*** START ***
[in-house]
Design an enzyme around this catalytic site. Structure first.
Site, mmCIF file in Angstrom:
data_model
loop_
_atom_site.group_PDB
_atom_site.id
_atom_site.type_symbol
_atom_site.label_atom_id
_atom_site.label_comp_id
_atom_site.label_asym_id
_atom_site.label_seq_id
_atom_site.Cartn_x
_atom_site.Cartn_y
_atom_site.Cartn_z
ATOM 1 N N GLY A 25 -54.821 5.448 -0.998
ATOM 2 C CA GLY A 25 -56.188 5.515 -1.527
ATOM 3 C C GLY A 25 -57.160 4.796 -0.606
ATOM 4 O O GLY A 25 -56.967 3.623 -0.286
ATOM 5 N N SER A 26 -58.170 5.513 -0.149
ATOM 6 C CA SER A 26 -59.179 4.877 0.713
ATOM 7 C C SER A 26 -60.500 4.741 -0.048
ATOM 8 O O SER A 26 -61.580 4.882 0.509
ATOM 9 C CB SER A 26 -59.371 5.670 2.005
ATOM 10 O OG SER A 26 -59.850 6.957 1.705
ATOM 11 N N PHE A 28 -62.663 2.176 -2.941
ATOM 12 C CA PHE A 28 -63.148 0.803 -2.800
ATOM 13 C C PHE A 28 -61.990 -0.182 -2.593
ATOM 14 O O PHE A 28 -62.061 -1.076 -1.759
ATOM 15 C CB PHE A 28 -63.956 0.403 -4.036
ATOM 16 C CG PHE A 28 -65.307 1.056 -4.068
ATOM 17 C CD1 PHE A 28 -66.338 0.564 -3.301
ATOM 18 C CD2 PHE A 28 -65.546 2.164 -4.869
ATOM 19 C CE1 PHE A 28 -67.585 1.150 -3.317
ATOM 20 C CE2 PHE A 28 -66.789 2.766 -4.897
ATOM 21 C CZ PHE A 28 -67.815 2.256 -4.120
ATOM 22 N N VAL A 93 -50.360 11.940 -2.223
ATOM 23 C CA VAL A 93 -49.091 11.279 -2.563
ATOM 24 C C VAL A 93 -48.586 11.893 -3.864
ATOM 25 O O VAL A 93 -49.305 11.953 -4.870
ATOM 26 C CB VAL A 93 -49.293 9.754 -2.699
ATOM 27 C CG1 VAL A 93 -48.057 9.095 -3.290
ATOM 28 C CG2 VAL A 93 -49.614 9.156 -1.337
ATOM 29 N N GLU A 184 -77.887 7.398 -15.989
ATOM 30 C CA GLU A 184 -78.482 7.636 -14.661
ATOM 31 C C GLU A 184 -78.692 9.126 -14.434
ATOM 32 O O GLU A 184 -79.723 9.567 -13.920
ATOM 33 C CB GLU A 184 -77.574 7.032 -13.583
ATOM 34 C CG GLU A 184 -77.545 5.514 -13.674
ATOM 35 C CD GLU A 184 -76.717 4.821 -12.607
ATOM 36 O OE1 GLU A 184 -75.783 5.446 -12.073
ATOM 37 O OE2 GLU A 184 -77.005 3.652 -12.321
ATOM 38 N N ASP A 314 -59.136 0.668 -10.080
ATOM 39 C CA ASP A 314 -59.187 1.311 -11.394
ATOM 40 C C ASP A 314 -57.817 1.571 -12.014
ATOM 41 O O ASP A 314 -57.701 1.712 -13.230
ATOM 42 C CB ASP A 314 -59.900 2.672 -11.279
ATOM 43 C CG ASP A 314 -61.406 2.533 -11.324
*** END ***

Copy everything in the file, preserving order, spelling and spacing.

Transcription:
[in-house]
Design an enzyme around this catalytic site. Structure first.
Site, mmCIF file in Angstrom:
data_model
loop_
_atom_site.group_PDB
_atom_site.id
_atom_site.type_symbol
_atom_site.label_atom_id
_atom_site.label_comp_id
_atom_site.label_asym_id
_atom_site.label_seq_id
_atom_site.Cartn_x
_atom_site.Cartn_y
_atom_site.Cartn_z
ATOM 1 N N GLY A 25 -54.821 5.448 -0.998
ATOM 2 C CA GLY A 25 -56.188 5.515 -1.527
ATOM 3 C C GLY A 25 -57.160 4.796 -0.606
ATOM 4 O O GLY A 25 -56.967 3.623 -0.286
ATOM 5 N N SER A 26 -58.170 5.513 -0.149
ATOM 6 C CA SER A 26 -59.179 4.877 0.713
ATOM 7 C C SER A 26 -60.500 4.741 -0.048
ATOM 8 O O SER A 26 -61.580 4.882 0.509
ATOM 9 C CB SER A 26 -59.371 5.670 2.005
ATOM 10 O OG SER A 26 -59.850 6.957 1.705
ATOM 11 N N PHE A 28 -62.663 2.176 -2.941
ATOM 12 C CA PHE A 28 -63.148 0.803 -2.800
ATOM 13 C C PHE A 28 -61.990 -0.182 -2.593
ATOM 14 O O PHE A 28 -62.061 -1.076 -1.759
ATOM 15 C CB PHE A 28 -63.956 0.403 -4.036
ATOM 16 C CG PHE A 28 -65.307 1.056 -4.068
ATOM 17 C CD1 PHE A 28 -66.338 0.564 -3.301
ATOM 18 C CD2 PHE A 28 -65.546 2.164 -4.869
ATOM 19 C CE1 PHE A 28 -67.585 1.150 -3.317
ATOM 20 C CE2 PHE A 28 -66.789 2.766 -4.897
ATOM 21 C CZ PHE A 28 -67.815 2.256 -4.120
ATOM 22 N N VAL A 93 -50.360 11.940 -2.223
ATOM 23 C CA VAL A 93 -49.091 11.279 -2.563
ATOM 24 C C VAL A 93 -48.586 11.893 -3.864
ATOM 25 O O VAL A 93 -49.305 11.953 -4.870
ATOM 26 C CB VAL A 93 -49.293 9.754 -2.699
ATOM 27 C CG1 VAL A 93 -48.057 9.095 -3.290
ATOM 28 C CG2 VAL A 93 -49.614 9.156 -1.337
ATOM 29 N N GLU A 184 -77.887 7.398 -15.989
ATOM 30 C CA GLU A 184 -78.482 7.636 -14.661
ATOM 31 C C GLU A 184 -78.692 9.126 -14.434
ATOM 32 O O GLU A 184 -79.723 9.567 -13.920
ATOM 33 C CB GLU A 184 -77.574 7.032 -13.583
ATOM 34 C CG GLU A 184 -77.545 5.514 -13.674
ATOM 35 C CD GLU A 184 -76.717 4.821 -12.607
ATOM 36 O OE1 GLU A 184 -75.783 5.446 -12.073
ATOM 37 O OE2 GLU A 184 -77.005 3.652 -12.321
ATOM 38 N N ASP A 314 -59.136 0.668 -10.080
ATOM 39 C CA ASP A 314 -59.187 1.311 -11.394
ATOM 40 C C ASP A 314 -57.817 1.571 -12.014
ATOM 41 O O ASP A 314 -57.701 1.712 -13.230
ATOM 42 C CB ASP A 314 -59.900 2.672 -11.279
ATOM 43 C CG ASP A 314 -61.406 2.533 -11.324